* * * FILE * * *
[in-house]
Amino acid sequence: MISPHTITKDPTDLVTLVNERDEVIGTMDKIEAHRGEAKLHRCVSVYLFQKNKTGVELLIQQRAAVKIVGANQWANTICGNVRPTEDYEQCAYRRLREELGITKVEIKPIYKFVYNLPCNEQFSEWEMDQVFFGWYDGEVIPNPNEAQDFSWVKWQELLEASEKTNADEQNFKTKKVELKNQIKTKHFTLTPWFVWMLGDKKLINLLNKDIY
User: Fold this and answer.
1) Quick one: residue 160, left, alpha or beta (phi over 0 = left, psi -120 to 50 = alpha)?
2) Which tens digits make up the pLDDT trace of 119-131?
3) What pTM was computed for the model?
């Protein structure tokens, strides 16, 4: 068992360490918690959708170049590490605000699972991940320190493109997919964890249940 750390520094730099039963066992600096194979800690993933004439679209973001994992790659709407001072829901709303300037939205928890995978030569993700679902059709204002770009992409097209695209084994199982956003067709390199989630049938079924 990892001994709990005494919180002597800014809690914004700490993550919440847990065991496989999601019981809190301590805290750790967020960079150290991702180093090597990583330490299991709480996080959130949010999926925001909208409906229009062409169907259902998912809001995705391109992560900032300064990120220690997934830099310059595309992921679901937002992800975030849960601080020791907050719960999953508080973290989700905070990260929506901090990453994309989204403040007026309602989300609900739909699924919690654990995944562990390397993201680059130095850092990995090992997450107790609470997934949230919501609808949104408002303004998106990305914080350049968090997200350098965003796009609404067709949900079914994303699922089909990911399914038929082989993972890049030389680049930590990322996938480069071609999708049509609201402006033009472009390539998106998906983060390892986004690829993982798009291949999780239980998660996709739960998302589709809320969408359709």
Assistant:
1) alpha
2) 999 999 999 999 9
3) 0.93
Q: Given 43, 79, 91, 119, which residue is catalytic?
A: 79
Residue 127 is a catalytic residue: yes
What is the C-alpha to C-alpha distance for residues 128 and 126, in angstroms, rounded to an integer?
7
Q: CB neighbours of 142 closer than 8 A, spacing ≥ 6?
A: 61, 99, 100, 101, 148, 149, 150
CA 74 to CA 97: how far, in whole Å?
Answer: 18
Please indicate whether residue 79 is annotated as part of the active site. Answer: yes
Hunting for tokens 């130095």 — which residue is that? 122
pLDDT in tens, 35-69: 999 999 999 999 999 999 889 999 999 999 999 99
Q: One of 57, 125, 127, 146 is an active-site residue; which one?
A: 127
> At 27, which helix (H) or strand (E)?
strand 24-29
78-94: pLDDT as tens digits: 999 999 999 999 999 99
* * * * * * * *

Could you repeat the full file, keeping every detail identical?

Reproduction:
[in-house]
Amino acid sequence: MISPHTITKDPTDLVTLVNERDEVIGTMDKIEAHRGEAKLHRCVSVYLFQKNKTGVELLIQQRAAVKIVGANQWANTICGNVRPTEDYEQCAYRRLREELGITKVEIKPIYKFVYNLPCNEQFSEWEMDQVFFGWYDGEVIPNPNEAQDFSWVKWQELLEASEKTNADEQNFKTKKVELKNQIKTKHFTLTPWFVWMLGDKKLINLLNKDIY
User: Fold this and answer.
1) Quick one: residue 160, left, alpha or beta (phi over 0 = left, psi -120 to 50 = alpha)?
2) Which tens digits make up the pLDDT trace of 119-131?
3) What pTM was computed for the model?
């Protein structure tokens, strides 16, 4: 068992360490918690959708170049590490605000699972991940320190493109997919964890249940 750390520094730099039963066992600096194979800690993933004439679209973001994992790659709407001072829901709303300037939205928890995978030569993700679902059709204002770009992409097209695209084994199982956003067709390199989630049938079924 990892001994709990005494919180002597800014809690914004700490993550919440847990065991496989999601019981809190301590805290750790967020960079150290991702180093090597990583330490299991709480996080959130949010999926925001909208409906229009062409169907259902998912809001995705391109992560900032300064990120220690997934830099310059595309992921679901937002992800975030849960601080020791907050719960999953508080973290989700905070990260929506901090990453994309989204403040007026309602989300609900739909699924919690654990995944562990390397993201680059130095850092990995090992997450107790609470997934949230919501609808949104408002303004998106990305914080350049968090997200350098965003796009609404067709949900079914994303699922089909990911399914038929082989993972890049030389680049930590990322996938480069071609999708049509609201402006033009472009390539998106998906983060390892986004690829993982798009291949999780239980998660996709739960998302589709809320969408359709």
Assistant:
1) alpha
2) 999 999 999 999 9
3) 0.93
Q: Given 43, 79, 91, 119, which residue is catalytic?
A: 79
Residue 127 is a catalytic residue: yes
What is the C-alpha to C-alpha distance for residues 128 and 126, in angstroms, rounded to an integer?
7
Q: CB neighbours of 142 closer than 8 A, spacing ≥ 6?
A: 61, 99, 100, 101, 148, 149, 150
CA 74 to CA 97: how far, in whole Å?
Answer: 18
Please indicate whether residue 79 is annotated as part of the active site. Answer: yes
Hunting for tokens 């130095």 — which residue is that? 122
pLDDT in tens, 35-69: 999 999 999 999 999 999 889 999 999 999 999 99
Q: One of 57, 125, 127, 146 is an active-site residue; which one?
A: 127
> At 27, which helix (H) or strand (E)?
strand 24-29
78-94: pLDDT as tens digits: 999 999 999 999 999 99